EIA reports that, in 2018, total dry gas, or consumer-grade natural gas, production in Michigan was 89.525 million cubic feet, ranking Michigan as the 18th largest producer of natural gas in the nation.25 Declining natural gas prices have impacted the profitability of drilling across the nation, and as a result, many companies have reduced the number of conventional drill rigs they have in service. In their place, oil and gas producers are focusing more on hydraulic fracturing, also known as “fracking.” Michigan appears to have been similarly impacted as the number of active conventional drills in the state have decreased by just under 10% since the 2009 high of 10,600.26 Fracking activity in Michigan remains relatively “limited overall compared to the volume of activities in other states.”
Despite declining production in Michigan, as in the rest of the nation, natural gas is playing an increasingly important role in electricity generation. In 2018, it was used to produce over 27% of Michigan’s electricity. Michigan’s utilities have committed to closing the vast majority of the state’s coal-fired electricity generation capacity, and they expect to replace that lost capacity with a mix of natural gas and renewable capacity.
This expectation is being pursued by DTE in the form of its 1.1 GW natural gas plant, the Blue Water Energy Center, that is scheduled to be completed in 2022, in St. Clair County’s East China Township, approximately 50 miles northeast of Detroit. DTE predicts that by 2040 they will rely on a mix of natural gas, nuclear, and renewable sources to cut their CO2 emissions to net-zero by 2050. Consumers Energy has announced plans to close all their remaining coal plants by 2040, and to rely on a mix of renewable energy, demand response, energy efficiency and a reduced amount of natural gas. In February 2020, they announced a further goal to achieve net-zero CO2 emissions by 2040. WEC Energy has closed the coal-fired plant near Marquette and that plant has been replaced with two natural gas plants.
These utility plans are a substantial change for the state. For many years, Michigan relied heavily on coal-fired generation to supply the majority of its electricity, but public concern over climate change, increasingly strict environmental regulation, renewable mandates, heavily subsidized renewable generation and changing market conditions that significantly reduced natural gas prices have pushed Michigan’s utilities to move away from coal.
The benefits associated with using natural gas to produce electricity include a growing supply of a relatively clean and low-cost domestic fuel. As a result of the fracking revolution, natural gas reserves in the United States have grown rapidly. In fact, official estimates were reporting as little as seven to 10 years of remaining natural gas reserves in the early 2000’s. But, the advent and widespread application of fracking technologies in North America have expanded measured natural gas reserves to just under 90 years in the United States. Where the nation had been planning to site liquified natural gas, or LNG, terminals to import LNG in the early 2000’s, we are now building export terminals to supply world markets with American natural gas.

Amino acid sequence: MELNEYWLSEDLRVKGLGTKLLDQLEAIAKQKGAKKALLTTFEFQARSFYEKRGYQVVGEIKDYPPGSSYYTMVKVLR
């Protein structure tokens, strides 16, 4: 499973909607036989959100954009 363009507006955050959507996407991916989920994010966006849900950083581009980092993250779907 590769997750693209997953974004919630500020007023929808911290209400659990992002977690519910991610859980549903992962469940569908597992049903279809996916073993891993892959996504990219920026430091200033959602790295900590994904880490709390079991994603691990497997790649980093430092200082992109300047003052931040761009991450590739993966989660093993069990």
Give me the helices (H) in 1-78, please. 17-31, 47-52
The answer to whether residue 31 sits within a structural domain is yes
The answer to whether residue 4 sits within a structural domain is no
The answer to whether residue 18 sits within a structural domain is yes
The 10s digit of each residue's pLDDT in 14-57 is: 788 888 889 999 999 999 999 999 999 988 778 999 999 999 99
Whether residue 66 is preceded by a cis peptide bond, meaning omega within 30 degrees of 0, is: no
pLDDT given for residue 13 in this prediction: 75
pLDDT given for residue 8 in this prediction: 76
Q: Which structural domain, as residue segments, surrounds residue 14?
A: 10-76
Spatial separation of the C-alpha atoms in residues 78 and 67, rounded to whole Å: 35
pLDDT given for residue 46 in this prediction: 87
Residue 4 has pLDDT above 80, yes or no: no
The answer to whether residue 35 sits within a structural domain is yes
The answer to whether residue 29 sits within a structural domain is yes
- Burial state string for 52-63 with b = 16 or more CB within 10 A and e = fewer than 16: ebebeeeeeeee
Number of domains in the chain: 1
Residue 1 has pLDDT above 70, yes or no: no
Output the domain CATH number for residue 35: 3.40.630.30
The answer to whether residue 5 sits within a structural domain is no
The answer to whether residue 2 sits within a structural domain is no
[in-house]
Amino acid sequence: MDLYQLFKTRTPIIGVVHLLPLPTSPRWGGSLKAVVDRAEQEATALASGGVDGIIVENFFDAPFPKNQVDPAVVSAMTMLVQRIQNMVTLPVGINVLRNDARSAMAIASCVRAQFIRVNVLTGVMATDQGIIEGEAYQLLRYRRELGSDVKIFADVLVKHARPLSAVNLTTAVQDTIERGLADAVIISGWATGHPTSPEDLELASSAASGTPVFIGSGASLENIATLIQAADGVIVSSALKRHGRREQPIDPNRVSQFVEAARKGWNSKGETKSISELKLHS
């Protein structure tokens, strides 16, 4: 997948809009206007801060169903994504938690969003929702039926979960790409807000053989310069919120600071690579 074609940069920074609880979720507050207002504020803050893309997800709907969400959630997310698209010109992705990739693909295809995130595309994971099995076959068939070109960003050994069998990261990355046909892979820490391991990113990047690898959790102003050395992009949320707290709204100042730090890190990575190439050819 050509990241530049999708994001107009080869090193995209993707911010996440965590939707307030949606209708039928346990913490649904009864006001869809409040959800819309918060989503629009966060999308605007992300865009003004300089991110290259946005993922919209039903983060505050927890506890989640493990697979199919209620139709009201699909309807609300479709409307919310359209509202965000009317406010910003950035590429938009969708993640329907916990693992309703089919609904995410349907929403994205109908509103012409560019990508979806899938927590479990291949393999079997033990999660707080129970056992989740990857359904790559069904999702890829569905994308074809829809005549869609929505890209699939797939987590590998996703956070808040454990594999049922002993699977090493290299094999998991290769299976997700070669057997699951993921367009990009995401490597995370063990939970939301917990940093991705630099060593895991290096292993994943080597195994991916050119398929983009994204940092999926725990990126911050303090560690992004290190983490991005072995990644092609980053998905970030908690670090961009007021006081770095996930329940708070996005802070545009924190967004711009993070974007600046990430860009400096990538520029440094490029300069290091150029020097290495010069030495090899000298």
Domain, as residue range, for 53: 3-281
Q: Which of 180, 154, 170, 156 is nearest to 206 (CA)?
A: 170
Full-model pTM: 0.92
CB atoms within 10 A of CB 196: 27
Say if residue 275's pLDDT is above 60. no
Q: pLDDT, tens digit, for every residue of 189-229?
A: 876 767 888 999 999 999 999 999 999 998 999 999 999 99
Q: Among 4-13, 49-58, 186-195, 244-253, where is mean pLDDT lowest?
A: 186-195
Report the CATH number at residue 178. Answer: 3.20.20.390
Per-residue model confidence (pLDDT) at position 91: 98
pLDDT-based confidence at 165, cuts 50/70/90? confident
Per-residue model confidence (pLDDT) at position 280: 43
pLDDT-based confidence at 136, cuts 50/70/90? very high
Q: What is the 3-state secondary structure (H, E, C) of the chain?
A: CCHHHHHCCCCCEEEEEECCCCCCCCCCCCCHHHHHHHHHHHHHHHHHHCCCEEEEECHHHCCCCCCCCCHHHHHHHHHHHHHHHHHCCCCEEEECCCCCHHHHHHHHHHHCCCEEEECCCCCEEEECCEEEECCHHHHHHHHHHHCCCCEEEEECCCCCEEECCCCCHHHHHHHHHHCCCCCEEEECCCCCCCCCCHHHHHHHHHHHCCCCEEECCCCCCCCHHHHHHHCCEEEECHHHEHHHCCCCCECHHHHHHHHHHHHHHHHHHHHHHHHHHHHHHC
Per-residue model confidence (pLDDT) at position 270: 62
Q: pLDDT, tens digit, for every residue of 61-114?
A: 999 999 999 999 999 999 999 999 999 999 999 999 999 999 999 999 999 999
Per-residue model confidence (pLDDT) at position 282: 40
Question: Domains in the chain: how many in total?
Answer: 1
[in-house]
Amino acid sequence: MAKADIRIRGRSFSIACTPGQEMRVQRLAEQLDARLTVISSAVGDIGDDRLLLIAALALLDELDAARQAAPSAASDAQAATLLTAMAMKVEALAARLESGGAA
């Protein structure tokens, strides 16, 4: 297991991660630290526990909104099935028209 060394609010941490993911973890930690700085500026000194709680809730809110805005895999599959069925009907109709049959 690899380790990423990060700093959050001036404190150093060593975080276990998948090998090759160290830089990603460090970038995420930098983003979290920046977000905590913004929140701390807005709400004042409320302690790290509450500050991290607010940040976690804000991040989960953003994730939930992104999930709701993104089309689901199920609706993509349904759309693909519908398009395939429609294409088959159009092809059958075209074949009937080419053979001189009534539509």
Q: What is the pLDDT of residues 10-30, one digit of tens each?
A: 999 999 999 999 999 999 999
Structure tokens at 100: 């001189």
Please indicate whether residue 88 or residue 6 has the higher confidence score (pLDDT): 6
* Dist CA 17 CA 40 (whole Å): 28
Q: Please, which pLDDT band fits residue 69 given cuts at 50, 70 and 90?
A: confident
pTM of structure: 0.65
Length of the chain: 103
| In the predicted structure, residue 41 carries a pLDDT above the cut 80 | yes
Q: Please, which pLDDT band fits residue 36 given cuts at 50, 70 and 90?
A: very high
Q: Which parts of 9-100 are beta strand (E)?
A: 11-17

The massive growth of natural gas production in the U.S. has led to a reversal in supply and, as a result, prices for gas have dropped substantially. In the U.S., natural gas prices in July 2008 had peaked at over $13 per MMbtu (one million btus) and typically ranged between $5 to $9 per MMbtu. In the closing months of 2020, natural gas prices have been consistent at around $2.15 per MMbtu.
Natural gas is also a very clean fossil fuel generation option. When used in electricity generation, natural gas emits almost zero particulate matter, and — compared to other fuel options — substantially lower nitrogen oxides, sulfur dioxide or mercury. For those concerned about climate change, natural gas also presents a good option as it emits approximately half as much CO2 as coal-fueled generation, while still ensuring reliable, baseload electric supply.
Some of the challenges associated with using natural gas are that the state is moving in the direction of relying so heavily on this one fuel that there are reasonable concerns about pricing and supply. As the graph above shows, natural gas has historically had a volatile price structure. While the massive increase in natural gas supply has moved the electricity market toward a longer-term commitment to using natural gas, a disruption in supply could potentially cause an upward price swing or force restrictions on energy availability. Given that Michigan’s utilities are all planning to expand their use natural gas as their primary generation fuel, even a small uptick in price could have a large impact on electricity prices or supply for the entire state.
The state had a real-life example of just this type of situation in January 2019. A sudden restriction in supply during an extreme cold spell forced Gov. Gretchen Whitmer to ask Michigan residents to restrict their use of natural gas by lowering their thermostats to 65°F. Extreme cold weather had pushed demand much higher when a fire and explosion at a major natural gas facility compelled utilities to drastically curtail natural gas use across the state. This accident introduced the state to the concept of “demand response,” a situation that occurs when utility customers must reduce overall energy demand to avoid system instability or shutdowns.